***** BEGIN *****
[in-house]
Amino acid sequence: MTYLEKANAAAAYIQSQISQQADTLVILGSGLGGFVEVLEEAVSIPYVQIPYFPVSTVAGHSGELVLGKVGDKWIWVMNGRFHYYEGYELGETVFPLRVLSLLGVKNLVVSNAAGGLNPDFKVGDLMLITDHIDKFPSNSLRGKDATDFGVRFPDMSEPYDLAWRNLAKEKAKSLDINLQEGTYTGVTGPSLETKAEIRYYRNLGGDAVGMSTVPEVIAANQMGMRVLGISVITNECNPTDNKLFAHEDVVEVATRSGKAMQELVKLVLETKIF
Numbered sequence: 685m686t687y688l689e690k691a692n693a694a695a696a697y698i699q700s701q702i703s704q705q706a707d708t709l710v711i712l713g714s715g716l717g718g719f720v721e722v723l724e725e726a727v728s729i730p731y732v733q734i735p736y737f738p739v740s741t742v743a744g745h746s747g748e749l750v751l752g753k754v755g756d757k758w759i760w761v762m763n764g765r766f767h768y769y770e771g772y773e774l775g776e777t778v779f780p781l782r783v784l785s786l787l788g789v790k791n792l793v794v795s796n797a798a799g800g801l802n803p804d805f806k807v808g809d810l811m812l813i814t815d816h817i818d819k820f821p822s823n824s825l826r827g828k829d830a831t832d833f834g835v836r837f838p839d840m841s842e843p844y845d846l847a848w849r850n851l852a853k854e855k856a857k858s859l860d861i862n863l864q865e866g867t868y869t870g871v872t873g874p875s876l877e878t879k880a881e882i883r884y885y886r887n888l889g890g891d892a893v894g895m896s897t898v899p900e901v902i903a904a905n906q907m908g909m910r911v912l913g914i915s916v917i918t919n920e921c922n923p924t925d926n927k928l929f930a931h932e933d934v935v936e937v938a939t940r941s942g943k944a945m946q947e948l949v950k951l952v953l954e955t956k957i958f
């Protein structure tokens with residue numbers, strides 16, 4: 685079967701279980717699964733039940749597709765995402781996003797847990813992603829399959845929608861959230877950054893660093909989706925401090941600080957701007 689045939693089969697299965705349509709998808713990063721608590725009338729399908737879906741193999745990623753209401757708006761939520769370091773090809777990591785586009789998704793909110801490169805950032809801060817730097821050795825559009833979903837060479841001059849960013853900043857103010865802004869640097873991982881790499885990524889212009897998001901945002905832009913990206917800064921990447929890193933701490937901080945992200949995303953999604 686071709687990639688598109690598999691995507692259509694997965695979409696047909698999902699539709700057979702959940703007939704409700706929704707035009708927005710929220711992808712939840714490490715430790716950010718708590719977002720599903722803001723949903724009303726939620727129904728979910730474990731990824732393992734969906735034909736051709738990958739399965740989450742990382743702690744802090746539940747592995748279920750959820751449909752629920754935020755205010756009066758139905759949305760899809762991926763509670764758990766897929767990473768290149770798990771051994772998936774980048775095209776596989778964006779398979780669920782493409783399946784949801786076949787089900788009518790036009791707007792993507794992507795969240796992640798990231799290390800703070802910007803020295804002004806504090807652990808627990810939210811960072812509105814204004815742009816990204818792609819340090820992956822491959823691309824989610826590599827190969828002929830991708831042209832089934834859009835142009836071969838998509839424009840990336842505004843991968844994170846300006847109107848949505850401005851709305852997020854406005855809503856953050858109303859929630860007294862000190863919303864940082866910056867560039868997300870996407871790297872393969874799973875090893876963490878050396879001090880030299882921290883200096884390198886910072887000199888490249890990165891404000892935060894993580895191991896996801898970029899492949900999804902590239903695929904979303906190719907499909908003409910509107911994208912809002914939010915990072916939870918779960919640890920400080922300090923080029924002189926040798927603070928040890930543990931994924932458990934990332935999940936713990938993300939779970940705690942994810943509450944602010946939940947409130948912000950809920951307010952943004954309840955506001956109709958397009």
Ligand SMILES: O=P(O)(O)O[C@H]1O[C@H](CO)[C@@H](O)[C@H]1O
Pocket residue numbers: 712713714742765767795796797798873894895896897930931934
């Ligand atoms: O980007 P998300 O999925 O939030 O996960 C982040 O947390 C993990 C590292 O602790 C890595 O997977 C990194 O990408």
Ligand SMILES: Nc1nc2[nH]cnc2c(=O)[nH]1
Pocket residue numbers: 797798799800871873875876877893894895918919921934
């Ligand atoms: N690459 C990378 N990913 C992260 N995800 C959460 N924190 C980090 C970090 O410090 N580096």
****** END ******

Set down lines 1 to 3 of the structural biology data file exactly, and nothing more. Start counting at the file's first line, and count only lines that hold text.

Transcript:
[in-house]
Amino acid sequence: MTYLEKANAAAAYIQSQISQQADTLVILGSGLGGFVEVLEEAVSIPYVQIPYFPVSTVAGHSGELVLGKVGDKWIWVMNGRFHYYEGYELGETVFPLRVLSLLGVKNLVVSNAAGGLNPDFKVGDLMLITDHIDKFPSNSLRGKDATDFGVRFPDMSEPYDLAWRNLAKEKAKSLDINLQEGTYTGVTGPSLETKAEIRYYRNLGGDAVGMSTVPEVIAANQMGMRVLGISVITNECNPTDNKLFAHEDVVEVATRSGKAMQELVKLVLETKIF
Numbered sequence: 685m686t687y688l689e690k691a692n693a694a695a696a697y698i699q700s701q702i703s704q705q706a707d708t709l710v711i712l713g714s715g716l717g718g719f720v721e722v723l724e725e726a727v728s729i730p731y732v733q734i735p736y737f738p739v740s741t742v743a744g745h746s747g748e749l750v751l752g753k754v755g756d757k758w759i760w761v762m763n764g765r766f767h768y769y770e771g772y773e774l775g776e777t778v779f780p781l782r783v784l785s786l787l788g789v790k791n792l793v794v795s796n797a798a799g800g801l802n803p804d805f806k807v808g809d810l811m812l813i814t815d816h817i818d819k820f821p822s823n824s825l826r827g828k829d830a831t832d833f834g835v836r837f838p839d840m841s842e843p844y845d846l847a848w849r850n851l852a853k854e855k856a857k858s859l860d861i862n863l864q865e866g867t868y869t870g871v872t873g874p875s876l877e878t879k880a881e882i883r884y885y886r887n888l889g890g891d892a893v894g895m896s897t898v899p900e901v902i903a904a905n906q907m908g909m910r911v912l913g914i915s916v917i918t919n920e921c922n923p924t925d926n927k928l929f930a931h932e933d934v935v936e937v938a939t940r941s942g943k944a945m946q947e948l949v950k951l952v953l954e955t956k957i958f